Nature preschoolers treat penguin doll at play clinic

Children Need Nature: An Emergent Curriculum Study

Children Need NatureBy Kristina Eaddy, Sweet Gum Classroom Lead Teacher

Why do leaves change colors? What is under the frozen ice? And where do birds go during the winter? These are questions we hear every day, as Nature Preschool teachers. Young children’s minds are full of wonders and questions, trying to learn about, connect with, and understand the world they are surrounded by.

At Nature Preschool, we nurture this natural curiosity in young children by following the emergent curriculum approach. The goal of an emergent curriculum is to create meaningful learning experiences that capture children’s passion, foster inquiry-based experiences, and instill a love for learning. In contrast to a traditional, thematic-teaching approach, topics are not pre-planned in advance nor are they conducted in one- or two-week increments. Instead, a subject of study arises from the interests and developmental needs of the children in a group at any given time. A study can last anywhere from a couple of days to weeks, or even months, depending on how long the interest in the topic persists.

Continue reading

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Children Need Nature: Teaching Peace

Children Need NatureBy Rebecca Dhondt, Sassafras Classroom Lead Teacher

This time of year tends to be full of excitement and energy.  With so much baking, decorating, and visiting going on there are many stories that Nature Preschoolers are eager to share.  Children naturally begin to compare notes, trying to understand what is happening in their own homes and wondering about the ways others might celebrate teachers in the Sassafras room heard exclamations such as: “I have a Christmas tree too!”, “What is an Elf on the Shelf?” and “How do you play dreidel?”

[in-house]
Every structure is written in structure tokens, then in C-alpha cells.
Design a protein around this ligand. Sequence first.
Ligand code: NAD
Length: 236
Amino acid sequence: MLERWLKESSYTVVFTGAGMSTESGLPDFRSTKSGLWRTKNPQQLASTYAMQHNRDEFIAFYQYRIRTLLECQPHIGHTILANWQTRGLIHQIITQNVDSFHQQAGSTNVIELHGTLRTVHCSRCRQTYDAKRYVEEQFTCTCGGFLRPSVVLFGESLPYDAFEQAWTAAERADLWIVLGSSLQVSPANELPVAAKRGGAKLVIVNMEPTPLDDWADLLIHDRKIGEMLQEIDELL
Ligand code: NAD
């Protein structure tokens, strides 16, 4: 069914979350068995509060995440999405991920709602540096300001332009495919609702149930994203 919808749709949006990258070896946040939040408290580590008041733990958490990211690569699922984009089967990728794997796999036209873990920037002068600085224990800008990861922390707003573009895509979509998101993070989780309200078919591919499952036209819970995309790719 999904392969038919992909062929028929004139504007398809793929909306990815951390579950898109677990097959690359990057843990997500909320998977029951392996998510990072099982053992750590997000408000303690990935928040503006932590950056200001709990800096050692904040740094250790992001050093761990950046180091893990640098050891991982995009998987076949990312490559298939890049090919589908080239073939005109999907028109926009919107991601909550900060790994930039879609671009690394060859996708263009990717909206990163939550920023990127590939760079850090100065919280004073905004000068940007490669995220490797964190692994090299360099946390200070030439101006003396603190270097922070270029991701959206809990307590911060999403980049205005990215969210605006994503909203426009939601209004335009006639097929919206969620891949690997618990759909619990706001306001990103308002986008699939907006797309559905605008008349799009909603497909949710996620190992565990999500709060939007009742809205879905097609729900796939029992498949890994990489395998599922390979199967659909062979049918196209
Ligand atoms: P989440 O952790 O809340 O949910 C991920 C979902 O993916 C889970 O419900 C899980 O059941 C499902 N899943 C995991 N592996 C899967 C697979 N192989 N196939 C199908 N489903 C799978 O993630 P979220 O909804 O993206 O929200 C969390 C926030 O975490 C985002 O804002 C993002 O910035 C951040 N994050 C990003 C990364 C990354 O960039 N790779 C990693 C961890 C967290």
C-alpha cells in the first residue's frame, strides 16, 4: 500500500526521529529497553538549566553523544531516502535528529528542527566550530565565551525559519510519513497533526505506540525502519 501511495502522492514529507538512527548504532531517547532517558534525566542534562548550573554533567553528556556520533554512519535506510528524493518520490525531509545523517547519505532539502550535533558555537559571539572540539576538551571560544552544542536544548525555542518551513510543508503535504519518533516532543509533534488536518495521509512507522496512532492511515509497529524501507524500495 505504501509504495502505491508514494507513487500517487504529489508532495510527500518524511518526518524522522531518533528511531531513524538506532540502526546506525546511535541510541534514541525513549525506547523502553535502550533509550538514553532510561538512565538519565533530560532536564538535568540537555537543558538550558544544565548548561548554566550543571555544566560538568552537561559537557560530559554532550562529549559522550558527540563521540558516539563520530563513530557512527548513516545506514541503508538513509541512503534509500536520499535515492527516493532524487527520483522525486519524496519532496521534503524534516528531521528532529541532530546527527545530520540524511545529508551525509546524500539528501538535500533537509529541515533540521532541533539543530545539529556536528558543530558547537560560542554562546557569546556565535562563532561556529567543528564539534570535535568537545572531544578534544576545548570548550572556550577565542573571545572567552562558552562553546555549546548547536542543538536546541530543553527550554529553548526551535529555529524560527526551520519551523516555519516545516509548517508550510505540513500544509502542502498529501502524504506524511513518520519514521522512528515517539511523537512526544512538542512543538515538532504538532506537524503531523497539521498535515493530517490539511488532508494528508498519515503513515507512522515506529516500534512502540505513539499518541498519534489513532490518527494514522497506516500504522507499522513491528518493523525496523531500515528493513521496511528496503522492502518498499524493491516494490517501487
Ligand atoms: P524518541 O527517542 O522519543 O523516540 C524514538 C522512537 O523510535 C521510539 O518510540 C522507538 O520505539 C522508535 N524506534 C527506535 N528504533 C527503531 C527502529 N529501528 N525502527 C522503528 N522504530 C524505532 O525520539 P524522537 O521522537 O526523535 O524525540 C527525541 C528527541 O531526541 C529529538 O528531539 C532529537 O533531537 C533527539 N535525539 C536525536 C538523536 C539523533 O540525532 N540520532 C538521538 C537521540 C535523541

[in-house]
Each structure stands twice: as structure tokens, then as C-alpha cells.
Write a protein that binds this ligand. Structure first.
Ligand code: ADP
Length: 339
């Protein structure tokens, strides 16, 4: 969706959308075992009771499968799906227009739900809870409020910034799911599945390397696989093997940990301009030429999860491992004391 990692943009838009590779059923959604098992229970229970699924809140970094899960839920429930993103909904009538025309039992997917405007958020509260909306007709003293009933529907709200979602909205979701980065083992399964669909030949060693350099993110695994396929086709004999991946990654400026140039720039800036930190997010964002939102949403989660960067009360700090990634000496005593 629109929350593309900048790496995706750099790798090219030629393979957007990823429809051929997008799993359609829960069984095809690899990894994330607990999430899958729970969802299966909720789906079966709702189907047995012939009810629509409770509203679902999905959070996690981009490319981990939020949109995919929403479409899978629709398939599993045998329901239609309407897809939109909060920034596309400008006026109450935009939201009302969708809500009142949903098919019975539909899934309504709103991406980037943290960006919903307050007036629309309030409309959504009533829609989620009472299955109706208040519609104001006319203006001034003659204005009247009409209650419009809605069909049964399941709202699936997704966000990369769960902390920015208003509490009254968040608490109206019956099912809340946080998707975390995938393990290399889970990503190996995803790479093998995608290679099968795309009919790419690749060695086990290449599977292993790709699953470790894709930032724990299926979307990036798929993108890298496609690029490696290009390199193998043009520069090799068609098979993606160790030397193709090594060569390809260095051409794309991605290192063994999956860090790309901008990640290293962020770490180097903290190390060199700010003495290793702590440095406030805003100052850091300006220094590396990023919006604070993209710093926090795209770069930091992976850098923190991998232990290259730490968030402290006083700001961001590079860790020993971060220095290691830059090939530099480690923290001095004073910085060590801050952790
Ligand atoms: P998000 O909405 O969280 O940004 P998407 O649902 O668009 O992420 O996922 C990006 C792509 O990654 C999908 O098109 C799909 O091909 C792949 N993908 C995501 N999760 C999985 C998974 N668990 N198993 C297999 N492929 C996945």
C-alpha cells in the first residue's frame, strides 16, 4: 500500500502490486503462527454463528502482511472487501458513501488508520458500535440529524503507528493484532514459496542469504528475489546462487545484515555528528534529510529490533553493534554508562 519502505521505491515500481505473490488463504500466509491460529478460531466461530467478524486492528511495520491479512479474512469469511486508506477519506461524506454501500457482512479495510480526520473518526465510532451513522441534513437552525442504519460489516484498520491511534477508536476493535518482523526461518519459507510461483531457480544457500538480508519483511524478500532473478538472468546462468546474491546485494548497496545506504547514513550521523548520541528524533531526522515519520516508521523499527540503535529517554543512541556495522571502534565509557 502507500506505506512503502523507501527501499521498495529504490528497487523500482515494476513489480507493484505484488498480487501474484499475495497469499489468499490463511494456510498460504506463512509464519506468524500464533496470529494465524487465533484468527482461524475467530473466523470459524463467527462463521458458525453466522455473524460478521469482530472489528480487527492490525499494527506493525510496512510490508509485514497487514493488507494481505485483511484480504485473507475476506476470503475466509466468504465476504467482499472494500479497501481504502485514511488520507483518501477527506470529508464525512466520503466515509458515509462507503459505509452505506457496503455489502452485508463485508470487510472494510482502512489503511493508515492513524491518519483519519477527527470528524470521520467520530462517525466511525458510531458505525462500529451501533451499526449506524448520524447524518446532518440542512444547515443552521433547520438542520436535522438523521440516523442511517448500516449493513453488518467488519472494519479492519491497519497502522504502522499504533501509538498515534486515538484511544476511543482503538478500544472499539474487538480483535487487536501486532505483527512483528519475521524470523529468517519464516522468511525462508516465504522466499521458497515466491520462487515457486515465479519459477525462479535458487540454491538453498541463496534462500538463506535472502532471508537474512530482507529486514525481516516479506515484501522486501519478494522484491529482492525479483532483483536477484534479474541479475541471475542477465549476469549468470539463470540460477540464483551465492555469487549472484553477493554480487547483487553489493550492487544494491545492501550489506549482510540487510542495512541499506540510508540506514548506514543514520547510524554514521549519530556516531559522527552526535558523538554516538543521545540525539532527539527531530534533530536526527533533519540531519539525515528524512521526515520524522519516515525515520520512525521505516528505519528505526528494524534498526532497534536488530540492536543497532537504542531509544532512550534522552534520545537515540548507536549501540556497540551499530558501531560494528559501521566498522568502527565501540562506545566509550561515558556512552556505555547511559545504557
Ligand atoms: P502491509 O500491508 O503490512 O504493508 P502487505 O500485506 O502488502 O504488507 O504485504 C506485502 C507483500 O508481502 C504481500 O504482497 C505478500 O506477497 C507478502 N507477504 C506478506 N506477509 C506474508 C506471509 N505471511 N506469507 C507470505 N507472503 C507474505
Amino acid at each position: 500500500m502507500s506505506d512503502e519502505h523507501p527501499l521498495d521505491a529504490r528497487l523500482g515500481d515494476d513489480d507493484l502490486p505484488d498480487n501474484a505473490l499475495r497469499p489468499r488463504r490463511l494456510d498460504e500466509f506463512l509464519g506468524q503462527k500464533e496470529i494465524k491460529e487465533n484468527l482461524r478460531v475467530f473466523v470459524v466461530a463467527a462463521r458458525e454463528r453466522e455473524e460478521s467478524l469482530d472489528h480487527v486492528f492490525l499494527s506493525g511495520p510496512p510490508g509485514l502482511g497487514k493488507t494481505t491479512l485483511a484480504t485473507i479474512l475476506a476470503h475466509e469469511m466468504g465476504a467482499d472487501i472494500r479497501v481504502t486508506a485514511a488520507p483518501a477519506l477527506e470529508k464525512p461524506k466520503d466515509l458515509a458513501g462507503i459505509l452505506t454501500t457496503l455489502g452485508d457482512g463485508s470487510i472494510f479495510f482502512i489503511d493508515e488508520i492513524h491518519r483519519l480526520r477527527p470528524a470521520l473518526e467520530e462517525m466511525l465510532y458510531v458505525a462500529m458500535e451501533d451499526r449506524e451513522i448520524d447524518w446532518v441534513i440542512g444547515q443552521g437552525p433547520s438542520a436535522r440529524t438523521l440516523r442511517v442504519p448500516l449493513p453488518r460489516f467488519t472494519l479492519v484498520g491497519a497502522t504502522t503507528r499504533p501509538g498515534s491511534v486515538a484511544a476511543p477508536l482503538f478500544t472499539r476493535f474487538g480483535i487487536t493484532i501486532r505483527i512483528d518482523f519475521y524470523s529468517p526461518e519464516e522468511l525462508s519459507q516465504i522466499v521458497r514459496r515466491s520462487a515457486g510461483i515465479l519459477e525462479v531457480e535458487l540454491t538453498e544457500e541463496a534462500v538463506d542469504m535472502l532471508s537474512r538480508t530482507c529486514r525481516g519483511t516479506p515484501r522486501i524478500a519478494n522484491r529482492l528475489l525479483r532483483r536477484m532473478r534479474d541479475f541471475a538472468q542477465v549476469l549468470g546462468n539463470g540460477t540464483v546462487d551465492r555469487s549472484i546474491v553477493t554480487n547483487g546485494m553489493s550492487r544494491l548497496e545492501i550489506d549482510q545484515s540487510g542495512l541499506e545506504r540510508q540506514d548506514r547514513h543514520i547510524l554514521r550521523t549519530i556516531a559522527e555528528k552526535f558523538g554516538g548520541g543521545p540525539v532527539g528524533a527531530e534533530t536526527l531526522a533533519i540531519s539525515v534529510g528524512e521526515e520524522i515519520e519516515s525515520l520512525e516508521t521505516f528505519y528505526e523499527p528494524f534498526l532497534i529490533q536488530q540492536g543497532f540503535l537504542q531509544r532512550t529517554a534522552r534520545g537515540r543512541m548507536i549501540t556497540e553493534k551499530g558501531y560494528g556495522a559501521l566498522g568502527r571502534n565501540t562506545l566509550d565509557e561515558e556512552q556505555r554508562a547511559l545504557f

An early way to help introduce children to cultural inclusion is to build on this natural interest in holidays.  This year the Sassafras class has spent time exploring Hanukkah, Christmas, Winter Solstice, and Kwanzaa.  We have welcomed visitors, read books, played games, sung songs, cooked traditional treats, and had many lively discussions.    The children love learning new things, finding similarities and differences.  After learning about the seven concepts of Kwanzaa one of the preschoolers said: “We don’t celebrate Kwanzaa, but we still care about all those things!” Continue reading

Leaf storting activity

Children Need Nature: Getting Ready for Kindergarten